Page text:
Painted into a corner by success

I caught a bit of Thomas Friedman on the TV this morning, opining about what's wrong with General Motors and whether/how the government should respond. For those who haven't been following the story, the "heartbeat of America" is one thump away from bankruptcy and, as Mark Potts points out, worth less than half as much as the Washington Post Company.

While indulging in the predictable executive-bashing, Friedman neglected to mention what I think is the real problem with GM: It's painted itself into a corner by following its own success. By concentrating its development and marketing on highly profitable behemoth gas-guzzling SUVs and abandoning the relatively unprofitable low end to foreign imports, it set itself up for failure. This is the standard pattern of incumbent vs. disruptive innovator, and not hard to see. It's also something that's been going on for 30 years or so and should come as a surprise to no one.

GM defenders may argue that GM does produce cheap vehicles. I rent a lot of cars. I no longer will drive a GM small rental unless forced to do so. The SUVs and luxury cars are still fine, if you ignore the fuel consumption. The rest are charitably described as crap. Once GM had a brilliant brand strategy of starting out customers with inexpensive Chevys and moving them up the ladder to Buicks, Oldsmobiles and Cadillacs, but modern cheap GM cars just burn the relationship and send people into the arms of Hyundai. (I've been renting Hyundai lately.)

I generally write about media, not cars, but this does have something to do with media.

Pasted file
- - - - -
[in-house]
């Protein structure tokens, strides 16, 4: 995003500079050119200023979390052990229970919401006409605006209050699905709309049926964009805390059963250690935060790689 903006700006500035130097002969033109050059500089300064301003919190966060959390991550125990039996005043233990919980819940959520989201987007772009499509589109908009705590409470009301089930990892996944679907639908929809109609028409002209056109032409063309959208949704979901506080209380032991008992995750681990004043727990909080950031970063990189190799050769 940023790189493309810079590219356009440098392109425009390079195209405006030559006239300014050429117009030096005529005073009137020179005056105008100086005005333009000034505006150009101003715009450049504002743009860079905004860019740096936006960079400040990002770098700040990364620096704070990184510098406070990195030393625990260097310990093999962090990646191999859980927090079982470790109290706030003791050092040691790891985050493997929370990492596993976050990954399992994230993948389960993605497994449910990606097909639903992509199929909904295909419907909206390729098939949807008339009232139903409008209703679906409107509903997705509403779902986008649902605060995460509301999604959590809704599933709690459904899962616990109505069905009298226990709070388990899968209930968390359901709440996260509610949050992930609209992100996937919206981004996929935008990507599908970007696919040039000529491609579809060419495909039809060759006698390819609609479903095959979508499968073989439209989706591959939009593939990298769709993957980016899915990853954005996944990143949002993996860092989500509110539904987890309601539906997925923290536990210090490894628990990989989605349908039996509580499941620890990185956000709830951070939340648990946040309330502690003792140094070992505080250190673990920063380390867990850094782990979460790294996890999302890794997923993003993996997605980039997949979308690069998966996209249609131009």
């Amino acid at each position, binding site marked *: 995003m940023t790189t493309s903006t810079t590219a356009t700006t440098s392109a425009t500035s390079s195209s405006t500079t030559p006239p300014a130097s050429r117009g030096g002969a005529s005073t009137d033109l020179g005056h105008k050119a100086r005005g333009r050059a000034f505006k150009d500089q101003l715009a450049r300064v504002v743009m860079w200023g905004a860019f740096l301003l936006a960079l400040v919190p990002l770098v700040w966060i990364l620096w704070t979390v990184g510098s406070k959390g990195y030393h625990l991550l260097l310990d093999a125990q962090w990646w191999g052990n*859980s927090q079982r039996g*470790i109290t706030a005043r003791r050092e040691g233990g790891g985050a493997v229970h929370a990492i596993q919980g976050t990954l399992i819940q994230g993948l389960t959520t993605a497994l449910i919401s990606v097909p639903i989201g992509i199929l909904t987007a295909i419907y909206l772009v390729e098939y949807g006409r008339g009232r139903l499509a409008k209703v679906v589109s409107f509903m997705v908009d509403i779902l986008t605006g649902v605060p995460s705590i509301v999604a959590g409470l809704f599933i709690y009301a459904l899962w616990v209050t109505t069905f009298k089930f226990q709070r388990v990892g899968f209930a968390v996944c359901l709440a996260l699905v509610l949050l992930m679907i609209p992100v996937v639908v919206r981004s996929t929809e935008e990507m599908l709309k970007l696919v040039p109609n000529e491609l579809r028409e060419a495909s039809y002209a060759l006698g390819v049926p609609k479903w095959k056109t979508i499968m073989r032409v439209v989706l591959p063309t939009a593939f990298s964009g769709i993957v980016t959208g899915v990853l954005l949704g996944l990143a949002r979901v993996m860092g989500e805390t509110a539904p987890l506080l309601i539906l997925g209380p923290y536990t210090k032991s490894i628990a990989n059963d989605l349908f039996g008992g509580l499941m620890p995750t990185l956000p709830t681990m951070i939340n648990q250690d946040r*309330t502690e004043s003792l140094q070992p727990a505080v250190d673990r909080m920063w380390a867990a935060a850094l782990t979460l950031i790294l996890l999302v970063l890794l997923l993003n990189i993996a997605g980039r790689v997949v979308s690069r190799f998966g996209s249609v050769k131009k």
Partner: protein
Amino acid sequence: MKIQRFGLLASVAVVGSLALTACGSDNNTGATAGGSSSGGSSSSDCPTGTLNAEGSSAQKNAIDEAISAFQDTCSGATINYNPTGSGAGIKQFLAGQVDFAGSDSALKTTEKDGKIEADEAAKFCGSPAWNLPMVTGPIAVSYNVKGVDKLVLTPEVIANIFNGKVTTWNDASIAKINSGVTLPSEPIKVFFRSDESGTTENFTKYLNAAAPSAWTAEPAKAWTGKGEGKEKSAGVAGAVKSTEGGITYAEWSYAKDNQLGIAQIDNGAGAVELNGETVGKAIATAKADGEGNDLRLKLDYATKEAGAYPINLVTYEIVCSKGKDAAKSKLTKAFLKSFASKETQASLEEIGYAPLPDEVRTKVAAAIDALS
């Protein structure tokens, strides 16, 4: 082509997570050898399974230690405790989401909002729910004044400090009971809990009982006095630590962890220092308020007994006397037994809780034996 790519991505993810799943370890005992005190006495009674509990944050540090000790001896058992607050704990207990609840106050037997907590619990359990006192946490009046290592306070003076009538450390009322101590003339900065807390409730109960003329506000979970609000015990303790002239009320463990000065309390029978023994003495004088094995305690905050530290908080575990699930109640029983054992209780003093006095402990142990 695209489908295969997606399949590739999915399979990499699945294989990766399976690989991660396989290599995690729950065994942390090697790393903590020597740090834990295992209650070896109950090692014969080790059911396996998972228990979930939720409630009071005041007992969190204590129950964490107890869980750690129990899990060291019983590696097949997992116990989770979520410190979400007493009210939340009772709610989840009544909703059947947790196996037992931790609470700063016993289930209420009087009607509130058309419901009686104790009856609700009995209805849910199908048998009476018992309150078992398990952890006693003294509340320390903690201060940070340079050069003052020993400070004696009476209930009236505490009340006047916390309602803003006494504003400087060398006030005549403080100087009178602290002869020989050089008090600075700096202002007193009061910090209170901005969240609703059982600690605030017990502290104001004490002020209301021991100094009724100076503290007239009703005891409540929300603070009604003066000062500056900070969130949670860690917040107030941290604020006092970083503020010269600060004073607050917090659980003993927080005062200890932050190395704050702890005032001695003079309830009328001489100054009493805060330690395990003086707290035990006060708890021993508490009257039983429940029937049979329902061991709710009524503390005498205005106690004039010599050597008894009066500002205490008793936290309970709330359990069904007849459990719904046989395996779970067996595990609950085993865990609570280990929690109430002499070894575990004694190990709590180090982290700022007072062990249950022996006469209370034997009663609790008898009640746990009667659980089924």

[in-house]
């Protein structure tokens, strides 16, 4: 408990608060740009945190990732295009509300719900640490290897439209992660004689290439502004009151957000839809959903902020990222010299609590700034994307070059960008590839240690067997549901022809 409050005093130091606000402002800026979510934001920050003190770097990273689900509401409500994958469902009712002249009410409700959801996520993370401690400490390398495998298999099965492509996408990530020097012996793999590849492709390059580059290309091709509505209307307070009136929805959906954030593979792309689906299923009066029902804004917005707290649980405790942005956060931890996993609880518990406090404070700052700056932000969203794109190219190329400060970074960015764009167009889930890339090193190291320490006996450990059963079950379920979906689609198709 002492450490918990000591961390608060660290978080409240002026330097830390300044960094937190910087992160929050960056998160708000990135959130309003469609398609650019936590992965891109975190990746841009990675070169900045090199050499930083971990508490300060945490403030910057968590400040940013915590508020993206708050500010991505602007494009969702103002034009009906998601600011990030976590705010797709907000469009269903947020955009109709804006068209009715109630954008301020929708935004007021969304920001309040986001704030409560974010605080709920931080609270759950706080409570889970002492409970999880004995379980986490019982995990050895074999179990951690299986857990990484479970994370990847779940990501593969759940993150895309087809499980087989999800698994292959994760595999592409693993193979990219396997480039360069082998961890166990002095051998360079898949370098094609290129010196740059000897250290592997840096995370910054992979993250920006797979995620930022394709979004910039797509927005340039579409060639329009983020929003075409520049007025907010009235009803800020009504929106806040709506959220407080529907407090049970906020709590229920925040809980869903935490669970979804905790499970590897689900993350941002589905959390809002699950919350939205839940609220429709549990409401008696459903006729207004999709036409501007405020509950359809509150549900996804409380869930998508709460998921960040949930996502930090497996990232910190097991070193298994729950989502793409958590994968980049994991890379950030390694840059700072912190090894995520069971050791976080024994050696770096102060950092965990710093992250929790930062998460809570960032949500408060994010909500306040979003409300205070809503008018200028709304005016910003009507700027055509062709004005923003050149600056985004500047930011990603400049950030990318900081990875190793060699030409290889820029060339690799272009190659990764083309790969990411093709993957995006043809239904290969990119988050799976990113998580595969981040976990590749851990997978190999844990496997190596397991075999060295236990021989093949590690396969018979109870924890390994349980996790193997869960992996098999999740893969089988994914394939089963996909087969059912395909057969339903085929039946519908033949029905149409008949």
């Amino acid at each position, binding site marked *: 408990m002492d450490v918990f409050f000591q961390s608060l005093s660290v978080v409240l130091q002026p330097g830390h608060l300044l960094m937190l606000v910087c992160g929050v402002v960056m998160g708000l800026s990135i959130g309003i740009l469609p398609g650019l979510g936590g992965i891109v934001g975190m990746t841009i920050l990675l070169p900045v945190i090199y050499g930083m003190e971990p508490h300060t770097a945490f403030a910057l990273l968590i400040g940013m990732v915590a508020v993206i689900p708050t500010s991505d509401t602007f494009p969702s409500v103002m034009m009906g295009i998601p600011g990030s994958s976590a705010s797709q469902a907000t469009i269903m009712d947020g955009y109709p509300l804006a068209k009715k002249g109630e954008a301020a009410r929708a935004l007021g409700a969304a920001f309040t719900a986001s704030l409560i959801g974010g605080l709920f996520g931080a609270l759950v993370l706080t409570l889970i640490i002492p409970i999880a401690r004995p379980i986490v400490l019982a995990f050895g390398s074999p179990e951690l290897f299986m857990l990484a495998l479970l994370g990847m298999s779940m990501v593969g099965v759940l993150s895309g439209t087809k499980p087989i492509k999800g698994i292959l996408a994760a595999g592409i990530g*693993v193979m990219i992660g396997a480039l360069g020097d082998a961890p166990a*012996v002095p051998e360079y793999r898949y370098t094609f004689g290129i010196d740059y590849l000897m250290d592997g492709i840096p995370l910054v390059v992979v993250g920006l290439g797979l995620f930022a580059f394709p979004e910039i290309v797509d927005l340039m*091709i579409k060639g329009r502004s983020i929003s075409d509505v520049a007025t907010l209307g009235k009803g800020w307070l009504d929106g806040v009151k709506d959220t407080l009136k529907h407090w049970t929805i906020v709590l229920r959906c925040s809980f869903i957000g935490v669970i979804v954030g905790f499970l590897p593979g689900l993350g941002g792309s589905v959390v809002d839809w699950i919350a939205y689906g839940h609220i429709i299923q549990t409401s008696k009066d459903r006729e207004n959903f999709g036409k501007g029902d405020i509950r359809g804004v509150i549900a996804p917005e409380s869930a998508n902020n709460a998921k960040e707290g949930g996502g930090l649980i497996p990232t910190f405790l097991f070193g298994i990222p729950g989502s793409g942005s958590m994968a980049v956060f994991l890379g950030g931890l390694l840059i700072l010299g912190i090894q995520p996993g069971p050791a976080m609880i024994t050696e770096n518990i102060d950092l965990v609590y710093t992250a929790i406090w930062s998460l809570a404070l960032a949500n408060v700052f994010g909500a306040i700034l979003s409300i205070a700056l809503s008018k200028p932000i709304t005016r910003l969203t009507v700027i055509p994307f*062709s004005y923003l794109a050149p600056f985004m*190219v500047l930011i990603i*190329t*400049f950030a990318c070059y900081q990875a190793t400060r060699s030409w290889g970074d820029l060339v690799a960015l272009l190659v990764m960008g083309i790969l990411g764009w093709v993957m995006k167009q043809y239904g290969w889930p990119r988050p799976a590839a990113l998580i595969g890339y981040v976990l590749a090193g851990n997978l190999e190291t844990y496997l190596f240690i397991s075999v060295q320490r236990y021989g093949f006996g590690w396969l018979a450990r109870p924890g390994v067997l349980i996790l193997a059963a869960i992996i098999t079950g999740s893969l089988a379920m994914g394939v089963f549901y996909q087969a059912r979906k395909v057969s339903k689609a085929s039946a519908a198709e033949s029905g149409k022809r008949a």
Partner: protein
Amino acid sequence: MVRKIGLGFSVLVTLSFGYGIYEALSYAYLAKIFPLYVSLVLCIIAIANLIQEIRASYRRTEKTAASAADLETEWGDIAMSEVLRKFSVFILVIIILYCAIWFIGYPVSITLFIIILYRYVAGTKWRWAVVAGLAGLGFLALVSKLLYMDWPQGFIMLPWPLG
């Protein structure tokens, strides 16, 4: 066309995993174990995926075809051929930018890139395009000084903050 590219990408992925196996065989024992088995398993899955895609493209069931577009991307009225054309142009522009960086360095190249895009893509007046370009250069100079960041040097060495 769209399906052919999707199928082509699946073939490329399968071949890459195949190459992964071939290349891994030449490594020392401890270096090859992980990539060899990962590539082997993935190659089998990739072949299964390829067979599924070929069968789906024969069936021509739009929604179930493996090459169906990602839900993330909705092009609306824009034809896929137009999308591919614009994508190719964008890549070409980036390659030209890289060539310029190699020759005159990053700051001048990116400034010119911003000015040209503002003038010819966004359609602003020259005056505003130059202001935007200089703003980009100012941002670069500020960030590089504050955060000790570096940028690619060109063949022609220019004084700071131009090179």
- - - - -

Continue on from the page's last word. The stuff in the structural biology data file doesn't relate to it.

Last week I spoke at a conference of the International Classified Media Association. Some newspapers are members, but most produce alternative classified products.

Newspapers generally sneered as these low-end, low-quality classified publications -- many of them free -- picked away the marketplace, starting with attic junk, yard sales and advertising from small businesses with bad credit.

For decades, classified departments neglected private-party advertising and lived off big accounts such as car dealers and big real estate agencies. But over time those competitors evolved into powerful specialty publications like Auto Trader, then the Internet emerged to drive a spike into the business.

Newspapers followed the easy path to obvious profit, and wound up painting themselves into a corner.


Don't forget union labor with really high legacy wages and benefits. Cars can successfully be made in America at decent wages, but it only seems to be happening in the south in Japanese-run auto plants. I'm sure GM would love to have Toyota's billion dollar war chest to ride out the recession.

"Newspapers followed the easy path to obvious profit, and wound up painting themselves into a corner." Right. Newspapers have focused on the "short tail." Like finance, the more diverse your stock portfolio is, the less beta[risk] you have. If you put all your revenue in a few baskets, your risk is greater. The long tail reduces your beta[risk] and newspapers missed the boat. It's all about volume and diversification.

GM's problems are only somewhat the economy. Their biggest problem has been Lock-in to old concepts of their market, and a horribly locked in maanagement, leaving them vulnerable to market shifts that started in the 1980s and are now driving all the profit out of their old business model. Read more at

What does that remind you of?

GM needed (needs) the SUV market because they're higher margin models. It's not all because they believe that's what consumers want. To some extent they've had to use marketing to create demand. The high margins are needed because of the high fixed cost associated with their labor contracts.